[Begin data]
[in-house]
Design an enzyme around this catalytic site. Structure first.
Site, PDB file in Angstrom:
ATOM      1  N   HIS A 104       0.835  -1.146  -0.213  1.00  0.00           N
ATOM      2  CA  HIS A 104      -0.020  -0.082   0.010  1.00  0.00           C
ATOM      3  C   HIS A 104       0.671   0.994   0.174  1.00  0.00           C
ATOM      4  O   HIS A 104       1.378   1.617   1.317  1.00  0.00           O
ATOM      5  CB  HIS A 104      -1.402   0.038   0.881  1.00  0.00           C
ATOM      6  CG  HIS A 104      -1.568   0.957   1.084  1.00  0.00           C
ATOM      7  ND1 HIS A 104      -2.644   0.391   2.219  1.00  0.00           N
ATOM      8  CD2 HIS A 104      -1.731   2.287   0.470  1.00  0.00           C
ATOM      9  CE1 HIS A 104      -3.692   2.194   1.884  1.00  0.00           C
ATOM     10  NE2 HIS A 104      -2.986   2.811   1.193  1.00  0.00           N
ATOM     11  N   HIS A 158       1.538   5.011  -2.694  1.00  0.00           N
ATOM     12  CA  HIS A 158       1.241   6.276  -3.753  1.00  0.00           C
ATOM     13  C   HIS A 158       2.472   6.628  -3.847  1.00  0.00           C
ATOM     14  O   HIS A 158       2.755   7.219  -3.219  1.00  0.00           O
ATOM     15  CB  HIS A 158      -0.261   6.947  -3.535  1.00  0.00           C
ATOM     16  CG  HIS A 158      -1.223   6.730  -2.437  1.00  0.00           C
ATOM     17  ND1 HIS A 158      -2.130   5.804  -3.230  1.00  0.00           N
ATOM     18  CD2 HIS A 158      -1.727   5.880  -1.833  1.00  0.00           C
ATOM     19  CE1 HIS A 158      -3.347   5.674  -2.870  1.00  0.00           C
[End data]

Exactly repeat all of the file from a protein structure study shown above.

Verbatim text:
[in-house]
Design an enzyme around this catalytic site. Structure first.
Site, PDB file in Angstrom:
ATOM      1  N   HIS A 104       0.835  -1.146  -0.213  1.00  0.00           N
ATOM      2  CA  HIS A 104      -0.020  -0.082   0.010  1.00  0.00           C
ATOM      3  C   HIS A 104       0.671   0.994   0.174  1.00  0.00           C
ATOM      4  O   HIS A 104       1.378   1.617   1.317  1.00  0.00           O
ATOM      5  CB  HIS A 104      -1.402   0.038   0.881  1.00  0.00           C
ATOM      6  CG  HIS A 104      -1.568   0.957   1.084  1.00  0.00           C
ATOM      7  ND1 HIS A 104      -2.644   0.391   2.219  1.00  0.00           N
ATOM      8  CD2 HIS A 104      -1.731   2.287   0.470  1.00  0.00           C
ATOM      9  CE1 HIS A 104      -3.692   2.194   1.884  1.00  0.00           C
ATOM     10  NE2 HIS A 104      -2.986   2.811   1.193  1.00  0.00           N
ATOM     11  N   HIS A 158       1.538   5.011  -2.694  1.00  0.00           N
ATOM     12  CA  HIS A 158       1.241   6.276  -3.753  1.00  0.00           C
ATOM     13  C   HIS A 158       2.472   6.628  -3.847  1.00  0.00           C
ATOM     14  O   HIS A 158       2.755   7.219  -3.219  1.00  0.00           O
ATOM     15  CB  HIS A 158      -0.261   6.947  -3.535  1.00  0.00           C
ATOM     16  CG  HIS A 158      -1.223   6.730  -2.437  1.00  0.00           C
ATOM     17  ND1 HIS A 158      -2.130   5.804  -3.230  1.00  0.00           N
ATOM     18  CD2 HIS A 158      -1.727   5.880  -1.833  1.00  0.00           C
ATOM     19  CE1 HIS A 158      -3.347   5.674  -2.870  1.00  0.00           C